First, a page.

by Michael Cohen
Upholding and enforcing the longstanding global norm against chemical weapons – while deterring Bashar al-Assad from using them again against his own people – offers a compelling rationale for even a punitive use of force by the United States against Syria. Tuesday night, Barack Obama made a semblance of that argument; but he lathered it in so much threat-exaggeration and maudlin imagery that it was virtually impossible to take his case for war seriously.
If anything, the fact that Obama was forced to rely on contradictory and deceptive arguments to sell the American people on the idea of military intervention in Syria did more to undermine the case for intervention than reinforce it.
The best argument for the use of US military force against Syria is actually a rather simple one: international norms dictating how wars are fought and how civilians are treated in wartime matter because they make wars less likely to occur. And when wars do happen, those norms ensure that that conflicts are just a bit less deadly.
In fact, the reason we uphold and enforce norms, like those on chemical weapons, is not because the world is a hotbed of violence, but actually, because it’s never been safer. Sometimes, it is necessary to punish behavior that goes far beyond commonly accepted international norms and legal rules governing armed conflict.
Of course, such universalist, almost symbolic arguments are not easy ones on which to base a military intervention. And so it is perhaps not surprising that Obama felt the need to broaden his message … into the world of the fantastical.
Obama claimed, for example, that US “troops would again face the prospect of chemical warfare on the battlefield,” if nothing was done about Assad’s actions. He said, “it could be easier for terrorist organizations to obtain these weapons and to use them to attack civilians”; and he claimed “al-Qaida will only draw strength in a more chaotic Syria if people there see the world doing nothing to prevent innocent civilians from being gassed to death.”
But none of these arguments makes much logical sense. Countries don’t use chemical weapons against the US because: a) most don’t have them; b) they are rather ineffective as a war-fighting tool; and c) countries rightfully fear the repercussions of using banned weapon against the United States for reasons that should be obvious to a president who said the American military doesn’t do “pinpricks”. Responding or not responding to Syria’s use of chemical weapons likely won’t change that calculus.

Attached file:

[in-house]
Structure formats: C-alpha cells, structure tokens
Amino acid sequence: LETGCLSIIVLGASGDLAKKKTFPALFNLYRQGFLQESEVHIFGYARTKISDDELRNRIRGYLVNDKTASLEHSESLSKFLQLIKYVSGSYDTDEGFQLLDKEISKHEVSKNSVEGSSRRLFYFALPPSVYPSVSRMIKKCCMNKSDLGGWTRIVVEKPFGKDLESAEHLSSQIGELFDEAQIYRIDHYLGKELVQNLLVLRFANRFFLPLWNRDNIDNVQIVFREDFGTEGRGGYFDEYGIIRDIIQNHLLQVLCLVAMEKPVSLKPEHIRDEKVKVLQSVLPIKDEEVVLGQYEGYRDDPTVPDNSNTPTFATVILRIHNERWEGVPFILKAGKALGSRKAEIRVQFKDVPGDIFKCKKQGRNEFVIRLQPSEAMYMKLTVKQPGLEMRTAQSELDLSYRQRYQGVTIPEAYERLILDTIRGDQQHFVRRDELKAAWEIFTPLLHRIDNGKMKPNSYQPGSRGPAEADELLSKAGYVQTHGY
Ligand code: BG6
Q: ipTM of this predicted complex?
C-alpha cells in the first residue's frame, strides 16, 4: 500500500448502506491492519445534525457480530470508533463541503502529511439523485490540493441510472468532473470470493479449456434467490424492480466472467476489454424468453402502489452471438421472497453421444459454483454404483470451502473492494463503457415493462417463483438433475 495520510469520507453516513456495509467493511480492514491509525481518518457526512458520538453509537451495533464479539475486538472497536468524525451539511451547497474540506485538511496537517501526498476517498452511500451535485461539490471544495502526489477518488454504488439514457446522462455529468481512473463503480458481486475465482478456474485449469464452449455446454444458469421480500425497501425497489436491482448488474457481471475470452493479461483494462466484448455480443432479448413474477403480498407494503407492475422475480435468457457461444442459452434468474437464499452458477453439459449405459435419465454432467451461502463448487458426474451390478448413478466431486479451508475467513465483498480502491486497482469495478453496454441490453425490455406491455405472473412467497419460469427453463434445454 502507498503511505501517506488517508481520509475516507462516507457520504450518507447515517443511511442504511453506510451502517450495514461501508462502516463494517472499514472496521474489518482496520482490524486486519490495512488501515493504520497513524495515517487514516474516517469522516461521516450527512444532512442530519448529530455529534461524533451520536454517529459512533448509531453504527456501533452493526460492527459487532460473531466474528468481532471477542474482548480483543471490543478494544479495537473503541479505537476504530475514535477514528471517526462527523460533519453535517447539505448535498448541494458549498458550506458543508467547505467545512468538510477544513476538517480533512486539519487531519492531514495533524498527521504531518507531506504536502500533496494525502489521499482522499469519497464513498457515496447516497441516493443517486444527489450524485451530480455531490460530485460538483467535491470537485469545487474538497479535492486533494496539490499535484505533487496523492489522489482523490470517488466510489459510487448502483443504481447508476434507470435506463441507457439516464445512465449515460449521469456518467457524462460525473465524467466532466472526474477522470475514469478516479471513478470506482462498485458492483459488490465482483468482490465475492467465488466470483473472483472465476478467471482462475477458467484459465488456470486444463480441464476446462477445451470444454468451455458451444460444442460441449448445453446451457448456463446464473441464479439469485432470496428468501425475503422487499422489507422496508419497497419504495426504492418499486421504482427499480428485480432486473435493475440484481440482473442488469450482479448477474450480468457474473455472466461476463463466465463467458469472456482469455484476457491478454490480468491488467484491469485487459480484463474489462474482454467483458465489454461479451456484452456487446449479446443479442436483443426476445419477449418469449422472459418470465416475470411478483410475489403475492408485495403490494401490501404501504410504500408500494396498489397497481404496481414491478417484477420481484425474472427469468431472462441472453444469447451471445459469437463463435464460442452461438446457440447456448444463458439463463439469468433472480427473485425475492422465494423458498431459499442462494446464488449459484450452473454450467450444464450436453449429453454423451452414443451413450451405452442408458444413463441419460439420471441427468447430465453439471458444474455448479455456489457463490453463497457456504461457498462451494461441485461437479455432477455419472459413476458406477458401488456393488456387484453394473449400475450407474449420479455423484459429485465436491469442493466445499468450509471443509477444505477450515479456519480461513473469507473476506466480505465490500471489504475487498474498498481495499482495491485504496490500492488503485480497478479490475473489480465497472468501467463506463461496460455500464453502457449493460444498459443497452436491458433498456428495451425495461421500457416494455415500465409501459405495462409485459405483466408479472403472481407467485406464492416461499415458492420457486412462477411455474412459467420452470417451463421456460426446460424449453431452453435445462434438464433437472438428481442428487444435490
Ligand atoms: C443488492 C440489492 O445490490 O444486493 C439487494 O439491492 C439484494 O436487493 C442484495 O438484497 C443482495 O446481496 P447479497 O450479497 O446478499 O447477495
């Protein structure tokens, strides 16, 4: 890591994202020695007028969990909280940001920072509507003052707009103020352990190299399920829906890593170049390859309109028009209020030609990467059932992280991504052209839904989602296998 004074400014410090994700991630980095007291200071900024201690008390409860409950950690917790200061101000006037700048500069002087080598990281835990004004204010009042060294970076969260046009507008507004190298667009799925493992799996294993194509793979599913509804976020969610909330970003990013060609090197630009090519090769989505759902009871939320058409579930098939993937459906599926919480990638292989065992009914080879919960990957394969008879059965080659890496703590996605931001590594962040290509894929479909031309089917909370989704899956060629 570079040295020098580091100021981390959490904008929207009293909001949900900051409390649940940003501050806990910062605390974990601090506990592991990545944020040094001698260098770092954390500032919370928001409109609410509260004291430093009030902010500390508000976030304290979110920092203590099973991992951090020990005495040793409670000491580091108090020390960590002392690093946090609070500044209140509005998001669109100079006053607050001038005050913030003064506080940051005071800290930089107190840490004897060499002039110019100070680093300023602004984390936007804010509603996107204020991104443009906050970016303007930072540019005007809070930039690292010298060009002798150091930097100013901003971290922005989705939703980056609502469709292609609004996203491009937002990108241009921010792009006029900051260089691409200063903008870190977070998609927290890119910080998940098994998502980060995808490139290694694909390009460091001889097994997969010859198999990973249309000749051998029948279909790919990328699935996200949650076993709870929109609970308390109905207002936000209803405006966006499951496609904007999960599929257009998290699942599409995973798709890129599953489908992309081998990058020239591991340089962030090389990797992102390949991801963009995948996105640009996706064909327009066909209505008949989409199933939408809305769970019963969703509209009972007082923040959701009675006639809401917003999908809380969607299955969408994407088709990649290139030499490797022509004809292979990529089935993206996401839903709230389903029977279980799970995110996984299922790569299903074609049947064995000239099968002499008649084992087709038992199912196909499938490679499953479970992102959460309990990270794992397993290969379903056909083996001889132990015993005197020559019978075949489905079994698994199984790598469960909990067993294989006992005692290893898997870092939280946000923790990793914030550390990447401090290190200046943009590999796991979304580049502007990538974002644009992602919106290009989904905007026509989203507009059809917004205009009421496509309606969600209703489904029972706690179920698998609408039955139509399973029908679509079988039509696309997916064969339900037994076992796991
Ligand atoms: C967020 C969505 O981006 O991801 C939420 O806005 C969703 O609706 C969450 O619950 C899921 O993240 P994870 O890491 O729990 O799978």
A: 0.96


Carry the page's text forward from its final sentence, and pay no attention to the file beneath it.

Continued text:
In addition, the desire of nihilistic terrorist organizations to obtain weapons of mass destruction will be little affected by the world’s reaction to Assad’s behavior. Groups like al-Qaida sought such deadly tools before the Syrian civil war, and they will seek them after. Indeed, the reference to al-Qaida in Obama’s speech was nothing but a domestic dog-whistle, intended to scare Americans about the price of inaction. It glosses over the fact that an attack against the Syrian regime would inevitably hinder its war-making abilities – and make it more likely that radical jihadist groups would gain the upper hand in the Syrian civil war.
Obama’s speech was filled with just these sorts of contradictions. On the one hand, he argued that “if fighting spills beyond Syria’s borders, these weapons could threaten allies like Turkey, Jordan and Israel”, but then said later that “neither Assad nor his allies have any interest in escalation that would lead to his demise. And our ally, Israel, can defend itself with overwhelming force.” Well, which is it?
He said that “as the ban against these weapons erodes, other tyrants will have no reason to think twice about acquiring poison gas and using them.” But he also pointed out that 189 countries have signed up to the Chemical Weapons Convention, which suggests that the broad consensus against the future use of chemical weapons is perhaps stronger than Obama is suggesting.
This was somewhat par for the course in a speech where Obama, in one breath, declared America is an “exceptional” nation and, in the next, promised the US would act with humility. What was perhaps most troubling about Obama’s presentation is the questions that were left unanswered.
What if Assad goes back to gassing his people with chemical weapons? Will the US further escalate? Why are the horrors of children killed by chemical weapons qualitatively different from the horrors of children killed by artillery or machine guns?
Finally, what is the justification for condemning one violation of international law (the use of chemical weapons) with the violation of another (fighting a war in Syria without a UN security council mandate)? Does this set a troubling precedent for conflicts down the road?
To be sure, there are reasonable answers to these questions, but in failing even to try to answer them, and instead, raising red-herring issues and making dubious claims – such as, attacking Syria will “make our own children safer over the long run” – Obama offered the American people a confusing and ultimately misleading rationale for military action.
President Obama is hardly the first president to take such liberties when making a justification for US intervention. But for a candidate who ran for president on his principled opposition to the Iraq war, more should be expected than simply the same old, same old.
There is a complex and challenging case to be made for military intervention in Syria. Instead of venturing down that more difficult path, President Obama, last night, took the easier, expedient and disingenuous route to finish the deal. The American people deserved better.
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Michael Cohen writes a weekly column on US politics and foreign policy for The Guardian (London) and is a Century Foundation fellow, author and speechwriter.